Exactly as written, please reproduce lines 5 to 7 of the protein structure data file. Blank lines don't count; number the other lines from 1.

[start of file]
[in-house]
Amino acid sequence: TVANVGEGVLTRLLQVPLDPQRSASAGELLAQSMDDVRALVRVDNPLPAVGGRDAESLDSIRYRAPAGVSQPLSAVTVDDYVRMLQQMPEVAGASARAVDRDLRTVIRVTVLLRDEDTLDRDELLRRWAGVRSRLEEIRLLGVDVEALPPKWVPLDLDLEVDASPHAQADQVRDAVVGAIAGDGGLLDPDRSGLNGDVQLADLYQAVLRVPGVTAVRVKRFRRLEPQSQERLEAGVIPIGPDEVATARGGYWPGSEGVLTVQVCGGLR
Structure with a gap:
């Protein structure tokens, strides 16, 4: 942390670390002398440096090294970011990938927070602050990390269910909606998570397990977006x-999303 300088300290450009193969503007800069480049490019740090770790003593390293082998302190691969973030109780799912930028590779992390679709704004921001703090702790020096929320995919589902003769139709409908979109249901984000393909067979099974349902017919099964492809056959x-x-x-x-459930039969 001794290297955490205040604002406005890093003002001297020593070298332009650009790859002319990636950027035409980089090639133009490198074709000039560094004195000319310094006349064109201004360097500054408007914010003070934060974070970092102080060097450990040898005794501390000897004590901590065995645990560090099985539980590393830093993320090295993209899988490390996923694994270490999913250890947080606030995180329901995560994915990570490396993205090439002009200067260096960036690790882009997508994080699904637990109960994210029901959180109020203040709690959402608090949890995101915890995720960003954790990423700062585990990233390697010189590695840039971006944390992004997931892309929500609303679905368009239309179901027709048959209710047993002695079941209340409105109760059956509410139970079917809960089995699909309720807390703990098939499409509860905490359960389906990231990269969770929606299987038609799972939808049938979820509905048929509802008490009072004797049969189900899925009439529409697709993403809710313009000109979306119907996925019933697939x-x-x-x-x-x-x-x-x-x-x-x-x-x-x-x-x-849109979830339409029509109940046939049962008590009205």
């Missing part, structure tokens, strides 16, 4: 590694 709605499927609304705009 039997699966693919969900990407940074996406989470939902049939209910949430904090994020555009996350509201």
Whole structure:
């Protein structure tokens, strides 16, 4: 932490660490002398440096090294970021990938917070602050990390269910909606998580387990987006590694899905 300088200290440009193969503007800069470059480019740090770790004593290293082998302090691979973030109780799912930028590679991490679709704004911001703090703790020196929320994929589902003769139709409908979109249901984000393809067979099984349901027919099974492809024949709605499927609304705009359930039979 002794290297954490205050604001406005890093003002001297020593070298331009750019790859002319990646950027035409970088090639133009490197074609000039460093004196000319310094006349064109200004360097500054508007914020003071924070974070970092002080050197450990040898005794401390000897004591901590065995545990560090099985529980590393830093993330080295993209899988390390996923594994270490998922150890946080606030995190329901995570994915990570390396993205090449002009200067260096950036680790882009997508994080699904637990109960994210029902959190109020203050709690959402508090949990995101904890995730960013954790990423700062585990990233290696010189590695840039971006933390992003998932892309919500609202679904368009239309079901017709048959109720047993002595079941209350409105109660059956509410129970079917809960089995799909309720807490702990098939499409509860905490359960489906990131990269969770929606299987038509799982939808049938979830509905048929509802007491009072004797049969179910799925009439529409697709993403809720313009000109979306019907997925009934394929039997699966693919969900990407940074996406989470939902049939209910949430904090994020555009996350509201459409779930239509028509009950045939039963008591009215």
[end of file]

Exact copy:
């Missing part, structure tokens, strides 16, 4: 590694 709605499927609304705009 039997699966693919969900990407940074996406989470939902049939209910949430904090994020555009996350509201």
Whole structure:
């Protein structure tokens, strides 16, 4: 932490660490002398440096090294970021990938917070602050990390269910909606998580387990987006590694899905 300088200290440009193969503007800069470059480019740090770790004593290293082998302090691979973030109780799912930028590679991490679709704004911001703090703790020196929320994929589902003769139709409908979109249901984000393809067979099984349901027919099974492809024949709605499927609304705009359930039979 002794290297954490205050604001406005890093003002001297020593070298331009750019790859002319990646950027035409970088090639133009490197074609000039460093004196000319310094006349064109200004360097500054508007914020003071924070974070970092002080050197450990040898005794401390000897004591901590065995545990560090099985529980590393830093993330080295993209899988390390996923594994270490998922150890946080606030995190329901995570994915990570390396993205090449002009200067260096950036680790882009997508994080699904637990109960994210029902959190109020203050709690959402508090949990995101904890995730960013954790990423700062585990990233290696010189590695840039971006933390992003998932892309919500609202679904368009239309079901017709048959109720047993002595079941209350409105109660059956509410129970079917809960089995799909309720807490702990098939499409509860905490359960489906990131990269969770929606299987038509799982939808049938979830509905048929509802007491009072004797049969179910799925009439529409697709993403809720313009000109979306019907997925009934394929039997699966693919969900990407940074996406989470939902049939209910949430904090994020555009996350509201459409779930239509028509009950045939039963008591009215």